record reviews july 2017


The Nothing (Self-Released)

In his youth, songwriter Jamie Cameron lost his best friend in a car crash and has been haunted by it ever since. A musing on mortality, this album is an attempt to put ghosts to rest by way of a celebration and a reminder that things aren’t always as bleak as they appear.

Opening with the strings enrobed Atoms, it never rises beyond more than a whispery sung lazy acoustic strum, the folksy slow shuffle Grow a song about the cycle of life and returning to the soil to grow new seeds again while, The National Stage is a drone, viola and piano instrumental. Titled like All My Faith, a gorgeous swelling melody as a chorus of voices intone ‘you will be loved’, and, one of the few to feature drums, We’ll Greet Death, with its sax, banjo and birdsong are pretty self-explanatory.

Set to a piano arrangement, pastoral mood instrumental The Body Collapse is a gentle highlight, flowing into the simple folksy acoustic strum of I Couldn’t Wait and the hushed atmospheric lonely piano and strings instrumental On Water before touching on post-rock territory for the near six-minute minimalist The Sea with its fingerclicks, cymbal waves and brief, barely there vocals as it climaxes in a swell of strings. It ends with the brooding deep piano notes and viola of Goodnight, a fine farewell to an album best played in the gathering evening with the lights down and the soul open.

Mike Davies


Heath Common and the Lincoln 72s (H4Head Music)


A survivor from the art rock scene of the 80s, he’s documented the times in his latest album, inspired by and spanning stories and characters from Halifax in West Yorkshire to Notting Hill, the first up being Halifax Gala Queen, about a faded beauty queen who also happened to be his babysitter in the 60s. It begins with a spoken passage before blossoming into an initially acoustic Bowiesque feel circa Space Oddity and, from there, building into electric Floydian swells. Halifax is also home to Jack Brown, a notorious bouncer from the Mixenden estate, a fractured track of discordant piano, spoken lines, clattering drums, beeps and whistles and layered vocals. A lush Godley-Creme styled strings-backed 70s ballad with echoey vocals, Room At The Top is about the Woolshops, a deprived area of Halifax that was home to the town’s Irish community, while Spirit of Ogden, about a reservoir that was a popular local camping spot, is more prog with its spoken lines, strings, swelling harmonies and big anthemic guitars.

The Halifax set ends with the reflective and emotionally yearning Mixenden I’m Coming Home, a simple acoustic guitar, strings and piano ballad that again opens with a spoken passage about the Wheatley and St Malachy communities of his childhood that gives way to a choral title refrain. Then it’s off to Notting Hill with Satori In The Sky, the musical mood switching to a rowdy 70s art rock rock swagger before the appropriately Bowiesque Basquiat and Warhol which, with spoken passages interspersing the sung lines to a steady slow march beat, documents the New York exhibition organised by a friend from Notting Hill.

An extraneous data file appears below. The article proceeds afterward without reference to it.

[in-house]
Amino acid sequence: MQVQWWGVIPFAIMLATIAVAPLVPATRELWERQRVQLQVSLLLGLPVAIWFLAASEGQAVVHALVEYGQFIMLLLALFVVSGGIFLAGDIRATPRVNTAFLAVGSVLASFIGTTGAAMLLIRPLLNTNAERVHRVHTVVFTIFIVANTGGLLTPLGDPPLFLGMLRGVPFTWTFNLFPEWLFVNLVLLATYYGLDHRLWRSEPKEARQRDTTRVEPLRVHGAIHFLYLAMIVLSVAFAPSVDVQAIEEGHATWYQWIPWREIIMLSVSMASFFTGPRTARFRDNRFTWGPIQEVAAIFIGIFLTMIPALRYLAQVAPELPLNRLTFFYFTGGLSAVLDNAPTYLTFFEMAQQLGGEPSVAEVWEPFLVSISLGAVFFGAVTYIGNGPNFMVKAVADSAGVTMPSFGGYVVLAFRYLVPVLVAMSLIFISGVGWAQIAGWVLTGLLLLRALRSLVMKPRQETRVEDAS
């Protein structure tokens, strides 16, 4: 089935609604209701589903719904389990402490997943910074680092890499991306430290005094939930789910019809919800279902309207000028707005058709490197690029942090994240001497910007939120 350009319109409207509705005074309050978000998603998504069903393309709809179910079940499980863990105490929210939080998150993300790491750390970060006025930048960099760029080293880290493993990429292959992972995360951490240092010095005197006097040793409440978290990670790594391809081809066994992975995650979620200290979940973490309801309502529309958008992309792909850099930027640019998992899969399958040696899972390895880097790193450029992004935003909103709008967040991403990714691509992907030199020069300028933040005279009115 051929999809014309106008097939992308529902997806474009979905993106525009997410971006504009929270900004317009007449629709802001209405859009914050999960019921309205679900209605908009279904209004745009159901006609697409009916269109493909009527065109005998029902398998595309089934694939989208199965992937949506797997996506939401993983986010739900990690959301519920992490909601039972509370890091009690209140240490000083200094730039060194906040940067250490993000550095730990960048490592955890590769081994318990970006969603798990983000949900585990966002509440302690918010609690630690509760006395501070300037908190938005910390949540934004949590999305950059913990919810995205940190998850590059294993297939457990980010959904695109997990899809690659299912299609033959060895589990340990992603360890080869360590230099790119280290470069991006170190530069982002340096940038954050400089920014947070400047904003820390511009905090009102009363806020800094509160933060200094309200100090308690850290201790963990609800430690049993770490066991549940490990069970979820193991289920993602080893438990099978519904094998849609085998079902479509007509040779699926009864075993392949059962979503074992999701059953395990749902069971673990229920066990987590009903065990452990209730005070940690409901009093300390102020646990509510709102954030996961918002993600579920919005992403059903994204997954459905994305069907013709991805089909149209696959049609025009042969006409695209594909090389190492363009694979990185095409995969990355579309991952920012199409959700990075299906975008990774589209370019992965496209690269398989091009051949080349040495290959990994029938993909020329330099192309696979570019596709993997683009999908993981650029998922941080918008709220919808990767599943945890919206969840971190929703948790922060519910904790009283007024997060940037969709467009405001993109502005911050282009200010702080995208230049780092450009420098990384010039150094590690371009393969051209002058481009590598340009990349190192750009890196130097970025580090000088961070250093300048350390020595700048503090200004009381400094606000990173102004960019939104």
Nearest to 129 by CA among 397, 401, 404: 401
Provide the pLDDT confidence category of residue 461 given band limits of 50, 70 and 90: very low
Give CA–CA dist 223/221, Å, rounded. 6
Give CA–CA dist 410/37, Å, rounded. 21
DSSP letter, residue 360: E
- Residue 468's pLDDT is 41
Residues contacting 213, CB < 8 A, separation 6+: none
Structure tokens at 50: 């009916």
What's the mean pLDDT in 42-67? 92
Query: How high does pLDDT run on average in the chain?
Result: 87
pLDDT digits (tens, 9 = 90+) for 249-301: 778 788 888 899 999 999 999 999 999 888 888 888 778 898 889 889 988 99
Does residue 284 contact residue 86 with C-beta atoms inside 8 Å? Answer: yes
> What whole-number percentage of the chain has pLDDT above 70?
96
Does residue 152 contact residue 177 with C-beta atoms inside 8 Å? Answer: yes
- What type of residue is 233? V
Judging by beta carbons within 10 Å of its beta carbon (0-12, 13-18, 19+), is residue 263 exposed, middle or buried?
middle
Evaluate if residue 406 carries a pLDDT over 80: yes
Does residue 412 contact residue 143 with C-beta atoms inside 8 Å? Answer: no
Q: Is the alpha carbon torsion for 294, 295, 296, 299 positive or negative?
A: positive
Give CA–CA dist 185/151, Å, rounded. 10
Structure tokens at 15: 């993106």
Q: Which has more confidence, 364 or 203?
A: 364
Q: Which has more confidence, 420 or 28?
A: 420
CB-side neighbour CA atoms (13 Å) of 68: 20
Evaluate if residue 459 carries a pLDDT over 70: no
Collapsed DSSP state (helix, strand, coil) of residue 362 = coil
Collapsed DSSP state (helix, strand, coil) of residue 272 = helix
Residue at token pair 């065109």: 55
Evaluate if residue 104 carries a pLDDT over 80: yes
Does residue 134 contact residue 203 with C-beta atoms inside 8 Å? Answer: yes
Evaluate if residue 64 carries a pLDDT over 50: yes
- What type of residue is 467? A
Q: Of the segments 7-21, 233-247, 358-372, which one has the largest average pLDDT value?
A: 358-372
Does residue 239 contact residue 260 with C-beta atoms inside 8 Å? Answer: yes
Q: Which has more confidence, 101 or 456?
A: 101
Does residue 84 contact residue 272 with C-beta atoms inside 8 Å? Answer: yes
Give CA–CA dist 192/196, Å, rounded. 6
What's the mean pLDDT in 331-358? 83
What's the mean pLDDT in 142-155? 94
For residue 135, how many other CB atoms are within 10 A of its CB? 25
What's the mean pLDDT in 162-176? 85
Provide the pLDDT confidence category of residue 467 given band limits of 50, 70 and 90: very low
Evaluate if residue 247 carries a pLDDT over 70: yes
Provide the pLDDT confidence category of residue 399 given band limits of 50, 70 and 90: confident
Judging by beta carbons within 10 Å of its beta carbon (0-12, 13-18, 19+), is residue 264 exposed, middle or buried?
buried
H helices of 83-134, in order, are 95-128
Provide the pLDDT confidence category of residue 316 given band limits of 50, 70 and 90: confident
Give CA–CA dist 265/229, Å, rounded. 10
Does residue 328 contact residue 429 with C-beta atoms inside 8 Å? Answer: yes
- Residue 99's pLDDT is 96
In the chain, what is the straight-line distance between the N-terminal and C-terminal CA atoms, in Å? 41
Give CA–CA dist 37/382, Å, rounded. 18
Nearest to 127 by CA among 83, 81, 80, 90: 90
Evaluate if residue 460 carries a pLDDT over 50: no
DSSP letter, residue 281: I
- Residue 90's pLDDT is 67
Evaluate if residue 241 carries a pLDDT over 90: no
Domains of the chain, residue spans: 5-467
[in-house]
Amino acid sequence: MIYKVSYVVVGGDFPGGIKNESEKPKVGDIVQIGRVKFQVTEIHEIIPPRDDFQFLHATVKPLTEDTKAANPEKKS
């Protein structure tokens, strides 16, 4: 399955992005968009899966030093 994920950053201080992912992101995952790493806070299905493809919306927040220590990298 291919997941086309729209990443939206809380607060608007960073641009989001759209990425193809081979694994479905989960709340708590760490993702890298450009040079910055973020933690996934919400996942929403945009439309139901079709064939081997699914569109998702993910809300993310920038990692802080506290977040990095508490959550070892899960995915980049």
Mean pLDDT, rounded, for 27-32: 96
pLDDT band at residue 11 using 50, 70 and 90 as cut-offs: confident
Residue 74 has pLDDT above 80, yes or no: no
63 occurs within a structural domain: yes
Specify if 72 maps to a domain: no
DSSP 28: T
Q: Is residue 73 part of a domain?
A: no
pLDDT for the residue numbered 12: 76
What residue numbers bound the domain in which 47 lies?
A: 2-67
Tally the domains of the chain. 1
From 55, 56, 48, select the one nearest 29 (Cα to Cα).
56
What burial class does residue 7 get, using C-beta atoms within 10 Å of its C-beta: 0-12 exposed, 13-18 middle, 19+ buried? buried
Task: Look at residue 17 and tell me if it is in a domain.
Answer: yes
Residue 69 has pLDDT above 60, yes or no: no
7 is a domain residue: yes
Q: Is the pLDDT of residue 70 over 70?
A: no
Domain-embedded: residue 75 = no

Accompanied by gypsy accordion, the spoken memoir Still Howling reflects on The Poetry Olympics of 1965 while, backed by piano, The Busking Bodhisatta looks back on trying to keep body and soul together on the streets of Notting Hill Gate. Finally, it closes with the swaying cabaret, mazurka-styled Anita Pallenberg, a tribute to the Italian actress who starred in Performance and was a former girlfriend of Keith Richards. The sleeve notes rather unfortunately mention that she can still be seen biking round the area, Pallenberg having died on June 13, after the CD went to press. Common’s an acquired and perhaps rather limited taste, but anyone with shared memories of the period or a fondness for the Bowie and Velvets sounds of the area will appreciate this.

Mike Davies


We’re All In This Together (Melvin)


Fronted by Todd Snider and featuring Dave Schools and Duane Trucks from Widespread Panic, ubiquitous guitar sideman Neal Casal and Chad Staehly and Jesse Ayock from Great American Taxi, Hard Working Americans are pretty much textbook blue collar Southern rock n roll boogie. This is their first live album, recorded in Birmingham, Alabama, and suggests they work closely from the rowdy rock pages of the Springsteen template, complete with the repeated crowd rousing lines and working man versus the system introductions. As such, they play a tight and hard rocking show with loads of muscular guitar and gallons of sweat. Unlike the Boss, what they don’t have, however, are any memorable songs and while this may sound fine coming full blast from the car speakers, when it’s over the only number likely to be still ringing in your head is School Day (Ring! Ring! Goes the Bell), a Chuck Berry cover.

Mike Davies 2020